Over 80% of those who donate to charity want feedback » Charity Digital News

Over 80% of those who donate to charity want feedback


More than 80 per cent of people want to hear feedback from charities they donate to, and 39 per cent think a personalised thank-you message is important, reveals research by Charities Aid Foundation.

The survey found that:

  • Evidence about how a charity is having an impact was most likely to be valued by people, with 68 per cent of respondents agreeing this was important.
  • Regular updates on the charity’s work were seen as important by 57 per cent.
  • Identifying how an individual donation had been spent was seen as important by 54 per cent.
  • A standard thank you was regarded as important by 48 per cent and a personalised thank you was seen as important by 39 per cent.

The findings also show that while people of all ages appreciate correspondence from the charities they support, younger people are most likely to consider it important. Sixteen to twenty four year-olds are most likely to want evidence of impact and regular updates, with people less likely to find follow-up correspondence important as they get older.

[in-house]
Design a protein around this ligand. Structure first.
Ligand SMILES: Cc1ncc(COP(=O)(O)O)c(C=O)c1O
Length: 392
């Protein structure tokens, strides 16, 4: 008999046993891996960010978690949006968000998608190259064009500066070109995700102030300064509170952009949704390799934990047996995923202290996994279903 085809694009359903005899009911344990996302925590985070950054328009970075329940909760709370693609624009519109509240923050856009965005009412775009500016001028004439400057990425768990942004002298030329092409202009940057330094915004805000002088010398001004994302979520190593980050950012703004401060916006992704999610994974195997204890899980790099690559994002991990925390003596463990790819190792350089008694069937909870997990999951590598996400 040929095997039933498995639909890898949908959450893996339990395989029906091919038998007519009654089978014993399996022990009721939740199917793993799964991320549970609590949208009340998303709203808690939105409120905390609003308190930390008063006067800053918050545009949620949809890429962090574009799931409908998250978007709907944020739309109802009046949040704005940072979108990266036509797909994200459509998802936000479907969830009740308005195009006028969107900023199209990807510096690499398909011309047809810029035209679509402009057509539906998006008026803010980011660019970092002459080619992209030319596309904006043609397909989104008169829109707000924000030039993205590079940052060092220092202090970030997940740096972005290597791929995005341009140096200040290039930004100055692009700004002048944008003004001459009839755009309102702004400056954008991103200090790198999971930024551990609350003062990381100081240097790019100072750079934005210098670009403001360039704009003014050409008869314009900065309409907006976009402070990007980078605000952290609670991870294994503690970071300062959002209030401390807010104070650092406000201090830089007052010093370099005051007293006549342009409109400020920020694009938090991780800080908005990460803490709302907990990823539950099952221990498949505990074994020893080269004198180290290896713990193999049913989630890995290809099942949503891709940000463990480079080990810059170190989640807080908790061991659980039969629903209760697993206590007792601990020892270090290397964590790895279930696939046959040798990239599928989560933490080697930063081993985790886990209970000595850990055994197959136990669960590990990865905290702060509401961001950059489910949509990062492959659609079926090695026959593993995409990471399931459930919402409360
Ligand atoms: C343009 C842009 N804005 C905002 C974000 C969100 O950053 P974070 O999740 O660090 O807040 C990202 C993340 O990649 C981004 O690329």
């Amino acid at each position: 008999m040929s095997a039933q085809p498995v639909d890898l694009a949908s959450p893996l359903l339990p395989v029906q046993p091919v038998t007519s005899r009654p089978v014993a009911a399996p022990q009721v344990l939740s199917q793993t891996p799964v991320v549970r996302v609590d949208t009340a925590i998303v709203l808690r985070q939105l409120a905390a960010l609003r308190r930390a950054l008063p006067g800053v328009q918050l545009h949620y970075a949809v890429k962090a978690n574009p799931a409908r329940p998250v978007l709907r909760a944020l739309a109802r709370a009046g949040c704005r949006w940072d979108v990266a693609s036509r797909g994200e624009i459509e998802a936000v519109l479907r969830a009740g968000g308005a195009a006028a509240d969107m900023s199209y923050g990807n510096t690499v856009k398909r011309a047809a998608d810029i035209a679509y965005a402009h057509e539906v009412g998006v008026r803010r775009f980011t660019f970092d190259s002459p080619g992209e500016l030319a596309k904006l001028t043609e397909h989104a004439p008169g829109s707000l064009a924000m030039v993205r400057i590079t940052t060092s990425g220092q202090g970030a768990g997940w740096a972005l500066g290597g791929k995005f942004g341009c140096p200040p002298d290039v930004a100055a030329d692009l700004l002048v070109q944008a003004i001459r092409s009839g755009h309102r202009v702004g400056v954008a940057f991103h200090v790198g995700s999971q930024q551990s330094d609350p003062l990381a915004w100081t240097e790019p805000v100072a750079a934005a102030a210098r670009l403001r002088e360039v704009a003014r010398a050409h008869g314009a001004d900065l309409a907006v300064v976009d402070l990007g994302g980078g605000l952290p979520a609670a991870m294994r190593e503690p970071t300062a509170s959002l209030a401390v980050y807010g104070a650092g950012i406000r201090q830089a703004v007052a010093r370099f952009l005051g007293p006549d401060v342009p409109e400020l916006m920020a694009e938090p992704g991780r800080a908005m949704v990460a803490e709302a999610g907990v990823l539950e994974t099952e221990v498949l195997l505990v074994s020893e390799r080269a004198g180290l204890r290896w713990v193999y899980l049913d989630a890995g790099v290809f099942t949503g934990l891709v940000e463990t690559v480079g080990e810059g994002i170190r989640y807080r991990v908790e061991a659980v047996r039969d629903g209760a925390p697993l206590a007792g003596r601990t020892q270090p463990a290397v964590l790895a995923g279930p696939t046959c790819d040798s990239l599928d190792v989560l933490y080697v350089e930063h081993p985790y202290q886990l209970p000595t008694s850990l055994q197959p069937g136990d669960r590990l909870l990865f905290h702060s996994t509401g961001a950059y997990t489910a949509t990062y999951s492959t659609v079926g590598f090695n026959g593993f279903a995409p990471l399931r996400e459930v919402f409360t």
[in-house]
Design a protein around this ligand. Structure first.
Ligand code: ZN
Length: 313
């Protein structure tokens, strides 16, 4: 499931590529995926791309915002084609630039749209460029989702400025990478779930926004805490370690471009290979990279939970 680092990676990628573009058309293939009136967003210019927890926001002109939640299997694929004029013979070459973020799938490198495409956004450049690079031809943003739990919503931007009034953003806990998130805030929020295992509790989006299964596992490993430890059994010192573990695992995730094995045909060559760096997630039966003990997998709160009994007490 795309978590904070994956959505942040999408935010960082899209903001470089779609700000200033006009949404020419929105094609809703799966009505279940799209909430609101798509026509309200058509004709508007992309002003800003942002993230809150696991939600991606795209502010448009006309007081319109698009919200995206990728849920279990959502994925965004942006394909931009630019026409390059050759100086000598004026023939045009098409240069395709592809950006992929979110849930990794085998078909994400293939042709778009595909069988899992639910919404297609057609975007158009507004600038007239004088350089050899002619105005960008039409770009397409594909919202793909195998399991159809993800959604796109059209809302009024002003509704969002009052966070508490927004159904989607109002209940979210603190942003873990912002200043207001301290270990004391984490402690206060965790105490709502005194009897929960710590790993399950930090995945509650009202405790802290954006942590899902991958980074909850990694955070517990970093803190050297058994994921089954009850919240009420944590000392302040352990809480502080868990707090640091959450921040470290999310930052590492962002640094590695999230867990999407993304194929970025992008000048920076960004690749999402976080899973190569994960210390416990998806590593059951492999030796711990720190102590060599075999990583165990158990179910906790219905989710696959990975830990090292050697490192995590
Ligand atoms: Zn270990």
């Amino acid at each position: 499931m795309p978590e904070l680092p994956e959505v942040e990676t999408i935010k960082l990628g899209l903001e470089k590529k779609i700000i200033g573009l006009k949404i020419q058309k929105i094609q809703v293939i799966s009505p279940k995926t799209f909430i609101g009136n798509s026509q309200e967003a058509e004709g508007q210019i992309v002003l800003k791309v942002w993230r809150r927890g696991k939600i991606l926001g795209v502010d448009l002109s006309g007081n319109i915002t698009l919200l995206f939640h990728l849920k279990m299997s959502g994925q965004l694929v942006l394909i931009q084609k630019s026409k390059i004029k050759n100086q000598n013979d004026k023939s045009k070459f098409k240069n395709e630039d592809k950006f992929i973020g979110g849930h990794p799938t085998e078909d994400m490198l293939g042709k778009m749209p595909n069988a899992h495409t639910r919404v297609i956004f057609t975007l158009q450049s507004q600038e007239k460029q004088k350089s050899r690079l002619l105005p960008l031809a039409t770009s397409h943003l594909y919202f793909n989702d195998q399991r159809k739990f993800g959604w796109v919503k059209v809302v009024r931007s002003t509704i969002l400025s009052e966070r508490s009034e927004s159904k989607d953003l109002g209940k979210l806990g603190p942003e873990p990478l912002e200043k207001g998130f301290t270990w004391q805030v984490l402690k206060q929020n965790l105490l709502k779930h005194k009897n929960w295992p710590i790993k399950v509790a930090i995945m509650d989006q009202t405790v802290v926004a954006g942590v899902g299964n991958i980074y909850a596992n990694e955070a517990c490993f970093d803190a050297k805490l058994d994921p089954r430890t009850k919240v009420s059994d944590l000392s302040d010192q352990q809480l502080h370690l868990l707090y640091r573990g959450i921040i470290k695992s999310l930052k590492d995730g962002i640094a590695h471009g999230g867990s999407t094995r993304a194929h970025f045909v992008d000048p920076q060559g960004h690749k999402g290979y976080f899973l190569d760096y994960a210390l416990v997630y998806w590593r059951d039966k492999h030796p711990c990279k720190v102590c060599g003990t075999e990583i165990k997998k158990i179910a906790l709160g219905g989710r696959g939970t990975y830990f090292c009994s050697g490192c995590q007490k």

Women are more likely than men to want progress reports on how their donation is being used, with 61% regarding it as important, compared with 54% of men.

The Charities Aid Foundation said the results of the survey suggest that charities should consider tailoring their communication to donors by age, recognising that younger people tend to be more keen to receive updates. UK Giving analysis published by CAF earlier this year found that 70% of people agreed they would be more inclined to give to charity if they knew how the money was directly helping.

Hannah Terrey, Head of Policy and Campaigns at the Charities Aid Foundation, said:

“These findings show that most people do not want their relationship with a charity to end when they donate. Those who give their money want to be kept informed about the work their chosen charity is doing. The generosity of people who give their time and money to a good cause is what makes voluntary organisations’ work possible, and we are fortunate that Britons consistently rank among the most generous people in the world.”

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